‘Dying of Broken Hearts’

Pandemic health concerns for nursing home residents, though, go beyond COVID-19. 

“I don’t say this lightly, but residents are literally dying of broken hearts, a failure to thrive due to loneliness and isolation,” said Richard Mollot, executive director of the Long Term Care Community Coalition, a Manhattan-based residents’ advocacy group.

“A nursing home is not a MASH unit in a war zone, it’s peoples’ home,” Mollot told THE CITY. “It’s completely outrageous that the federal and state governments have allowed the industry to operate for months on end with limited oversight while essentially cutting off residents from family. It’s unacceptable and inhumane.”

The coalition recently issued a “blueprint for restoring residents’ rights to visitation and care” that called for each resident to have at least one designated in-person visitor to provide on-site emotional support.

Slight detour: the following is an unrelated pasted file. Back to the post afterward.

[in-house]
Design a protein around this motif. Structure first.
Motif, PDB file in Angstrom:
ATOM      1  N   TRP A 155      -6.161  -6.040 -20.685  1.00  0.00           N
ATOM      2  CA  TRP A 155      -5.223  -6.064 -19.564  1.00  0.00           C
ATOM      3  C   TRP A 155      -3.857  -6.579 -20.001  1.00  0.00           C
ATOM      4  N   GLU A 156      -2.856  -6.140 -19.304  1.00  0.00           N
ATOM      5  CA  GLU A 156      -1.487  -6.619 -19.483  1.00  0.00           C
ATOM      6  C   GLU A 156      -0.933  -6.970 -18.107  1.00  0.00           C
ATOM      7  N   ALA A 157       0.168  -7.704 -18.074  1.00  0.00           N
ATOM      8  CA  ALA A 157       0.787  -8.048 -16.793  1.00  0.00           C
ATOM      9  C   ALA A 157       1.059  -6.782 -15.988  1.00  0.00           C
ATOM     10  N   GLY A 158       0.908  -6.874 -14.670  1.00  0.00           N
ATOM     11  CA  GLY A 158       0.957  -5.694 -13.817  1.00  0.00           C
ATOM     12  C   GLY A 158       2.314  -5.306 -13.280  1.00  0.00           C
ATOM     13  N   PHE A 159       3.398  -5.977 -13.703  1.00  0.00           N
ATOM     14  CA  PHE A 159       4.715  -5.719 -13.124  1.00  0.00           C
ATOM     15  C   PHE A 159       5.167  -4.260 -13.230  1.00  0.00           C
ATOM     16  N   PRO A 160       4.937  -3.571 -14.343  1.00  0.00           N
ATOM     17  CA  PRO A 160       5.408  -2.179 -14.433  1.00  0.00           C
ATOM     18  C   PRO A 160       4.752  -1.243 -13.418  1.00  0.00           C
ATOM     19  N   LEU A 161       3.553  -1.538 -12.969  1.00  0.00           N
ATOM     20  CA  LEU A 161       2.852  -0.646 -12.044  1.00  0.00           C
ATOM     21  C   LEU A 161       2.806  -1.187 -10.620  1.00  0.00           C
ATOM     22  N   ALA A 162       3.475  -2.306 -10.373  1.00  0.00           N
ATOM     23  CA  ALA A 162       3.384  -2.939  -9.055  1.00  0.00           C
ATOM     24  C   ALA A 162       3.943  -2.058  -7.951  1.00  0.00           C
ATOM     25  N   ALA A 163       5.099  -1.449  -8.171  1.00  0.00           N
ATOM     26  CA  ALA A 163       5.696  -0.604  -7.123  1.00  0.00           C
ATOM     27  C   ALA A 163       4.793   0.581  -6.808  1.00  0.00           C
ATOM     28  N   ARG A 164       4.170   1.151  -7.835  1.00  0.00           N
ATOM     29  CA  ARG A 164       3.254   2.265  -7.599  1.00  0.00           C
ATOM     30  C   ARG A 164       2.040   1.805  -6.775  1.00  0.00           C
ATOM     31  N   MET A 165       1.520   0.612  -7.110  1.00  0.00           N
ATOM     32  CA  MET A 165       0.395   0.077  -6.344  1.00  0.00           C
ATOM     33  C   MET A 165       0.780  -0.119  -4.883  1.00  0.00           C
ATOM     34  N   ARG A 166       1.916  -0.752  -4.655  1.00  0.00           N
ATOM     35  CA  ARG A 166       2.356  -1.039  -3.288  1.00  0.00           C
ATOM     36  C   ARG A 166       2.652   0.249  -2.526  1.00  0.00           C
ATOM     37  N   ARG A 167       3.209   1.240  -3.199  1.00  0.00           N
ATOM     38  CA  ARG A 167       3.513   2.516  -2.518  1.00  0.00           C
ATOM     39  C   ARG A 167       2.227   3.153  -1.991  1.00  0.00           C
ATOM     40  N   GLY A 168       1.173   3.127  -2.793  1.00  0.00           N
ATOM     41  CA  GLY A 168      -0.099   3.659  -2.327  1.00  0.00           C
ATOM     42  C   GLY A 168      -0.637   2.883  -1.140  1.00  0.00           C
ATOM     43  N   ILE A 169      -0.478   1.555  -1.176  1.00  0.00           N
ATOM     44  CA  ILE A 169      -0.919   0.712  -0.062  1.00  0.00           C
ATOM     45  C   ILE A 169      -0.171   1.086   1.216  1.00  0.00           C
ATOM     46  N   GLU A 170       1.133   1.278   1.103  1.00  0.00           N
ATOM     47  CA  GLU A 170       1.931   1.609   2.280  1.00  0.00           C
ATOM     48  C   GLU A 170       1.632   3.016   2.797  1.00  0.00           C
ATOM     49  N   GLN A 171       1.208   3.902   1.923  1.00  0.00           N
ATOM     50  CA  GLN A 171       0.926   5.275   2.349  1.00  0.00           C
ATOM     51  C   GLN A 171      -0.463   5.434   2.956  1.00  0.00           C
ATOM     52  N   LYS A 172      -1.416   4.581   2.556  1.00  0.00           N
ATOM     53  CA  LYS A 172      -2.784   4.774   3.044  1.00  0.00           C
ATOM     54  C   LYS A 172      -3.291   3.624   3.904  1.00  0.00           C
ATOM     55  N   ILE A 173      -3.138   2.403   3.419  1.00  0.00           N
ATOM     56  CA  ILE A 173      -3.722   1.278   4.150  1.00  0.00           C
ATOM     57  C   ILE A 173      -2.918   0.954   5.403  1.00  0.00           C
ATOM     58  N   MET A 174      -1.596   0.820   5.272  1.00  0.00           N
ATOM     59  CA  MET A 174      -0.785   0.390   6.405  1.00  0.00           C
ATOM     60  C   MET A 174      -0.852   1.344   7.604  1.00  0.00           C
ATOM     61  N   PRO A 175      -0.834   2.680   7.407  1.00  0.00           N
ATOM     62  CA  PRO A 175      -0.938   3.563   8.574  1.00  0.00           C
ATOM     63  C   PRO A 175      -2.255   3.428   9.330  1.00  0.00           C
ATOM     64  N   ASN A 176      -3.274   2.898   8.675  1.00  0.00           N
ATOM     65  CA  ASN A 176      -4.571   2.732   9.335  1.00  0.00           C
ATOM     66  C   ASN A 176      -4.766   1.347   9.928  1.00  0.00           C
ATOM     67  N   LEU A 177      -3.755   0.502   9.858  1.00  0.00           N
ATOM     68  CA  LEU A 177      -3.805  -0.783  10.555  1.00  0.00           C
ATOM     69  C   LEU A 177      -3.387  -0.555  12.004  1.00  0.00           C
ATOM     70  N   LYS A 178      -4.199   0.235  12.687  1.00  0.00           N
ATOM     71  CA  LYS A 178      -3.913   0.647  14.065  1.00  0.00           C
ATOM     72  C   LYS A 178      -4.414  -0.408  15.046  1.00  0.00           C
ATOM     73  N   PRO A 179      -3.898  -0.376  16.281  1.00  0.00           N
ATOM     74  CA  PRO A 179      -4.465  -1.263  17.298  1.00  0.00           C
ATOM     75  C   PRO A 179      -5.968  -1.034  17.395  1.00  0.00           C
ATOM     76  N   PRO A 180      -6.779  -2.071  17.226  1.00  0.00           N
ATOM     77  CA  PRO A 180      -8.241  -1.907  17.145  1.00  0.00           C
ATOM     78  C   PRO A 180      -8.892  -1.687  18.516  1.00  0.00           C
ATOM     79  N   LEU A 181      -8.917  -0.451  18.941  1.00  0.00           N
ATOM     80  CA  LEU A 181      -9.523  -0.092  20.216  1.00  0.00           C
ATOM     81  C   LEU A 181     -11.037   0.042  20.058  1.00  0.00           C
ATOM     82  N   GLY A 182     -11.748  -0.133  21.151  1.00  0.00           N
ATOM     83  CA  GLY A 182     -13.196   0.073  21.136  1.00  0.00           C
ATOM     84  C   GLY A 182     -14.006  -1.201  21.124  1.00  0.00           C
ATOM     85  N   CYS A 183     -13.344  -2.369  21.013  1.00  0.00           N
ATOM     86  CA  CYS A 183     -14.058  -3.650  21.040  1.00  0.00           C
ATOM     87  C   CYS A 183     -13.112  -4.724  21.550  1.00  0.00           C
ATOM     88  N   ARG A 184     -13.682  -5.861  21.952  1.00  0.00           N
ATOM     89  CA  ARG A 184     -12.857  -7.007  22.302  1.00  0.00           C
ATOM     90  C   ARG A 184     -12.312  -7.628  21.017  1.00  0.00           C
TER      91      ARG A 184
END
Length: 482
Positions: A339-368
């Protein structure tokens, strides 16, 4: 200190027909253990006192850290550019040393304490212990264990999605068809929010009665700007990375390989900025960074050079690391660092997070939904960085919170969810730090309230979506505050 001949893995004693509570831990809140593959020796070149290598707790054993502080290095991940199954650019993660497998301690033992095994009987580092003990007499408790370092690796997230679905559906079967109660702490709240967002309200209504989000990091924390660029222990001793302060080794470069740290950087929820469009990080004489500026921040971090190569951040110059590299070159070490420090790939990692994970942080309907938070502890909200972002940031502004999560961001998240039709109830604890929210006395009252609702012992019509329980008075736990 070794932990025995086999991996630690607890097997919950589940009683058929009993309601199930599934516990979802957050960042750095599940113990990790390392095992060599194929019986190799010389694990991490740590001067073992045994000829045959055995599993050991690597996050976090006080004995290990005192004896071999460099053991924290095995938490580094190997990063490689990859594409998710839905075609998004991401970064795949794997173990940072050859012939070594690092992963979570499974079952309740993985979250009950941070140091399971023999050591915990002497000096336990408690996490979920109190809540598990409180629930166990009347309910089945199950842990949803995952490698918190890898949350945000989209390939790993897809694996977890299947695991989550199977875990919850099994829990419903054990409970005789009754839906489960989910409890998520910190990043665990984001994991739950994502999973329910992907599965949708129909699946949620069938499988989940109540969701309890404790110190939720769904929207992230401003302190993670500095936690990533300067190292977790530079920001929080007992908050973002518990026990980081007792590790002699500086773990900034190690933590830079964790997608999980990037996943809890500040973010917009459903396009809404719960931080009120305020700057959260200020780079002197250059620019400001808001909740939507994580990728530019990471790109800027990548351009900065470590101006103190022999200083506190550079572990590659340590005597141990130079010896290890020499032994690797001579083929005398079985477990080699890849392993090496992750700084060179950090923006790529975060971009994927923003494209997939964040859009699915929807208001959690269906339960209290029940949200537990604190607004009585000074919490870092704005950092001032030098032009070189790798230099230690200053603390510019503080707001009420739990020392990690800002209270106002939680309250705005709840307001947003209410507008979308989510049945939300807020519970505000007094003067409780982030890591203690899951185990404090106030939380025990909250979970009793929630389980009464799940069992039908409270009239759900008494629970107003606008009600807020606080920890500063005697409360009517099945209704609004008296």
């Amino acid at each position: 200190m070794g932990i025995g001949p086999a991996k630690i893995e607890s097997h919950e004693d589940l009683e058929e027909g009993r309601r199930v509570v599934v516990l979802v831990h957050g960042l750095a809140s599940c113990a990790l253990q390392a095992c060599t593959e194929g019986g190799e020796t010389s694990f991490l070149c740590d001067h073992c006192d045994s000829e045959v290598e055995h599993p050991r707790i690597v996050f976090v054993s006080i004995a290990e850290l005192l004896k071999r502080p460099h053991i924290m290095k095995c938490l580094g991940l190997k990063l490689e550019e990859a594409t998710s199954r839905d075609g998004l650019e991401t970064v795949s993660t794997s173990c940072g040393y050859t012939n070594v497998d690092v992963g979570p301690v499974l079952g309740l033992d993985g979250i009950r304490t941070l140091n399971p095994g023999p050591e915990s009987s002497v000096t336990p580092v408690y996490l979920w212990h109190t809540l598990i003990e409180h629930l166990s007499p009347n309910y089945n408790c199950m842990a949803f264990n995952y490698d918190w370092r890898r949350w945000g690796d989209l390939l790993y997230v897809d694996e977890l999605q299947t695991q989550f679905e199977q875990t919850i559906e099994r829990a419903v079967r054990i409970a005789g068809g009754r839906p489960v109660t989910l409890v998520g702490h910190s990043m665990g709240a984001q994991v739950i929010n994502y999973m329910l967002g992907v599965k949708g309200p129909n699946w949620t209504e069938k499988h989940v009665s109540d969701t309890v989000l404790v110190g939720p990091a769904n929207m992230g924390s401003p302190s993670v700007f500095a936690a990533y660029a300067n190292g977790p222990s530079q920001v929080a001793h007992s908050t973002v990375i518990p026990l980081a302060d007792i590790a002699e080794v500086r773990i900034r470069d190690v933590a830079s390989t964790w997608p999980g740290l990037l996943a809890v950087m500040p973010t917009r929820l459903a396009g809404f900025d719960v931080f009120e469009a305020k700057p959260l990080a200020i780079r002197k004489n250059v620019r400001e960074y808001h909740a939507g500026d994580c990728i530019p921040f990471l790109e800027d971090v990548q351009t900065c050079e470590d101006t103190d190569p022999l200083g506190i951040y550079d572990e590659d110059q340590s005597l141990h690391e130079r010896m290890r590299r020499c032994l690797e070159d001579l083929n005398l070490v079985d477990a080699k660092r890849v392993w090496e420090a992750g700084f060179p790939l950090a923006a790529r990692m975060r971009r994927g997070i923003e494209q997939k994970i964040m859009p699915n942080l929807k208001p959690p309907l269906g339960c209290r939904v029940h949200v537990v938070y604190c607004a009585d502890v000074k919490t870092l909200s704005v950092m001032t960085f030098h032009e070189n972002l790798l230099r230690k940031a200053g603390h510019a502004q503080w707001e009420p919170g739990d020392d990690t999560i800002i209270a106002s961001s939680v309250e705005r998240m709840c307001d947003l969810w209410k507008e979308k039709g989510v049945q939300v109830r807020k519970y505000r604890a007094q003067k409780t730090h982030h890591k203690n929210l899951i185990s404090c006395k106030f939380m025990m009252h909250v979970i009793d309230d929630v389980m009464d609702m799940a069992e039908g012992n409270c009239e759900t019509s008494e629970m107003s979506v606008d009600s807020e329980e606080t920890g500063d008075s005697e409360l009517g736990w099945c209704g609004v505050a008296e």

Additional recommendations boil down to five S’s: schedule and structure visits to allow for social distancing, supply masks and other personal protection equipment, screen guests and residents for fever and other COVID-19 symptoms, and sanitize surfaces.

“These are common-sense suggestions that are long overdue,” Mollot said. 

Mollot stressed that the long-term care industry has sufficient funds to make the safety upgrades, given recent injections of federal aid. 

The Department of Health and Human Services (HHS) announced last month that skilled nursing facilities were eligible for $50,000 each in stimulus funds, plus an additional $2,500 per bed, as part of the CARES act. In addition, the coronavirus relief legislation created a 20% premium, or add-on, for COVID-19 Medicare patients.